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As Nicaragua Violence Soars, Doubts About Those Responsible Disappear

This article was written by Parker Asmann and originally published by Insight Crime on July 16, 2018. It is reproduced here under CC BY-NC 3.0.

Civilian protestors continue to be targeted in Nicaragua by police and government-backed paramilitaries as doubts disappear about who is behind the killings.

Police and armed pro-government groups known as “parapolice” in Nicaragua killed at least 10 people during several clashes in various cities over the weekend amid the latest round of violence since protests against the administration of President Daniel Ortega began in April, according to La Prensa.

The most documented of these assaults began July 13, when parapolice groups armed with high-powered weapons carried out a 15-hour attack on some 200 students and others trapped inside a church near the campus of the National Autonomous University of Nicaragua (Universidad Nacional Autónoma de Nicaragua – UNAN) in the capital Managua, Nicaraguan journalist Ismael López, who was among those pinned down, reported for the BBC.

Two students were killed and at least 10 others were injured in the siege before medical personnel could reach them the following morning.

Over the next two days, parapolice groups deployed across the country to carry out several other coordinated attacks and targeted kidnappings. At least eight others — including a 10-year-old girl — were killed in these attacks while several others remain disappeared, according to La Prensa.

The latest bloodshed comes after at least 20 individuals were killed July 8 by parapolice groups in western Carazo department. Since April 18, the Nicaraguan Association for Human Rights (Asociación Nicaragüense Pro Derechos Humanos – ANDPH) has recorded at least 351 deaths, more than 2,000 injuries, nearly 330 kidnappings, hundreds of disappearances and the possible presence of clandestine graves.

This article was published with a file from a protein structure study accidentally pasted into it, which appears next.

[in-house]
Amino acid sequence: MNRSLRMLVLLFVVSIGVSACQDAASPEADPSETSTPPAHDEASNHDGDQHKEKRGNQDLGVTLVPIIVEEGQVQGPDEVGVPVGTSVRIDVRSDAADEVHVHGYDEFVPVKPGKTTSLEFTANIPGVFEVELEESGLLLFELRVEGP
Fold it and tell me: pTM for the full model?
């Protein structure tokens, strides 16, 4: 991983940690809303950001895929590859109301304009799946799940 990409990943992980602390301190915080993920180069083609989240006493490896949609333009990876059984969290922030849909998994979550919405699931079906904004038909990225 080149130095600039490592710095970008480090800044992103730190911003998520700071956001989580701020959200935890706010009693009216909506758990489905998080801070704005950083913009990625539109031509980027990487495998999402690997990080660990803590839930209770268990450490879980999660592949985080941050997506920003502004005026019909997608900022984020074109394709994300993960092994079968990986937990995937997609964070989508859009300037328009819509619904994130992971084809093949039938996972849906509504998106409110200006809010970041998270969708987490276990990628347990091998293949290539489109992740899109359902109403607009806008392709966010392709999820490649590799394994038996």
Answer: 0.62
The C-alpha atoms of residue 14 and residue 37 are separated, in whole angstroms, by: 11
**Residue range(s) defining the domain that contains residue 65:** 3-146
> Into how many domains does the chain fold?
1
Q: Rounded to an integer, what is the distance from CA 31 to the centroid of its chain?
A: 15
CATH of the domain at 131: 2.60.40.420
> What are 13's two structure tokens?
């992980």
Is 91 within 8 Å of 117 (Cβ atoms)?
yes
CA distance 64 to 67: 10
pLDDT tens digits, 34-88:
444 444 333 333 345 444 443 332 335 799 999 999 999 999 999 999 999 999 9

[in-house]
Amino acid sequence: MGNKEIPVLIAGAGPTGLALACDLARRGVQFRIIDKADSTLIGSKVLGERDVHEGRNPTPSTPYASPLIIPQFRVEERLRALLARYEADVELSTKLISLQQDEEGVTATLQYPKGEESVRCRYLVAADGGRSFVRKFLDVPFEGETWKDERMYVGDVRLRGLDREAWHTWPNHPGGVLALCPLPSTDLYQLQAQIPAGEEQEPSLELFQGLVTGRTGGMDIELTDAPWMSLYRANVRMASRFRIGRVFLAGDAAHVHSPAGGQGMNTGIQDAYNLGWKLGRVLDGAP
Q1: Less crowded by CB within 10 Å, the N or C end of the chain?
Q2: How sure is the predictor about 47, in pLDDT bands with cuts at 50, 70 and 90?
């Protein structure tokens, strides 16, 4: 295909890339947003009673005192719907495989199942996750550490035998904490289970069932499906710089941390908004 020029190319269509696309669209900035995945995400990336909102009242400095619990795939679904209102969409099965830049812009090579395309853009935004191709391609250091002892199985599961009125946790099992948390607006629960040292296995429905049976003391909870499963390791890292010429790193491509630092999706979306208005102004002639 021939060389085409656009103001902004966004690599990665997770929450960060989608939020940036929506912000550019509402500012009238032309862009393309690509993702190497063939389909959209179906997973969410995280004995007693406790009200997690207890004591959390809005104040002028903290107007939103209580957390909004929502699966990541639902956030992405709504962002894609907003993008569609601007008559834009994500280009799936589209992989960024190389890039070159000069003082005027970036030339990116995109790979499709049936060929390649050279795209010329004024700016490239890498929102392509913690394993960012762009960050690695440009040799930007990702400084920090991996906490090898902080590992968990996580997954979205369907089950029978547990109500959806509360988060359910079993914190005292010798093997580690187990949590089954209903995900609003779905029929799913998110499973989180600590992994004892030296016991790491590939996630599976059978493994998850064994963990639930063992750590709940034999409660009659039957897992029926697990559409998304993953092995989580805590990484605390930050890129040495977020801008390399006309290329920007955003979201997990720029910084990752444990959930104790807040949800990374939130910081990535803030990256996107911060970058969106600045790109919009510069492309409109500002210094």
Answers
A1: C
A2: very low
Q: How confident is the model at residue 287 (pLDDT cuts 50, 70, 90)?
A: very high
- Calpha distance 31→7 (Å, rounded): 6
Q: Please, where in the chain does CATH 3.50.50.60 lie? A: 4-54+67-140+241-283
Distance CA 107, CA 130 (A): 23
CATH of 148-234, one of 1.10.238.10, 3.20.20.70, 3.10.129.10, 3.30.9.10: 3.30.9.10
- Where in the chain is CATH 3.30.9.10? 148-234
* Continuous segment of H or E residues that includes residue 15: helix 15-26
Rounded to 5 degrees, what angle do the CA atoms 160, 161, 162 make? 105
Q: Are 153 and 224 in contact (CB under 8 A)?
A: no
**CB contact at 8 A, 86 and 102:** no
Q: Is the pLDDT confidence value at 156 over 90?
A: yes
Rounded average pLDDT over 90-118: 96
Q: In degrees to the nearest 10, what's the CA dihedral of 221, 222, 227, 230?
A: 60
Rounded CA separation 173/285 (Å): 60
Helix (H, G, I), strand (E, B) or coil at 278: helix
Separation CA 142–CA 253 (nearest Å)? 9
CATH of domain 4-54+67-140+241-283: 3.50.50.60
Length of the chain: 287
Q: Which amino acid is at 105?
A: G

InSight Crime Analysis

The Nicaraguan government has issued blanket denials about its responsibility, pointing the finger instead at “terrorists” who it says are targeting police.

“This is a country that knows how to overcome great tragedies,” Ortega’s wife and Vice President Rosario Murillo said in a statement issued by the government. “We have grown in patience, prudence, wisdom and faith. We know that God is just and that evil cannot prevail over what is good. This is why the actions of a small group of terrorists will not prevail over the will of the vast majority of the people.”

But the government is standing alone. Indeed, if there were doubts surrounding who is responsible for the hundreds of killings in Nicaragua in recent months, they have been completely washed away.

In recent days, Human Rights Watch issued a statement condemning the government for its role in the killings and naming the top officials in the police who it says is responsible.

Following a visit to Nicaragua in May, the Inter-American Commission on Human Rights (IACHR) also wrote a report strongly criticizing the Nicaraguan government for “the excessive and arbitrary use of police force, [and] the use of parapolice forces or shock groups with the acquiescence and tolerance of State authorities.”

As InSight Crime previously reported, parapolice groups working in conjunction with the national police were thought to be the primary forces implicated in the killings.

International observers have for months now denounced the use of parapolice groups and demanded that Ortega dismantle them in order to put an end to the repression. As the violence continues to escalate, there is a growing risk that these groups may soon become criminal organizations engaged in other illicit activities.

This article was written by Parker Asmann and originally published by Insight Crime on July 16, 2018. It is reproduced here under CC BY-NC 3.0.

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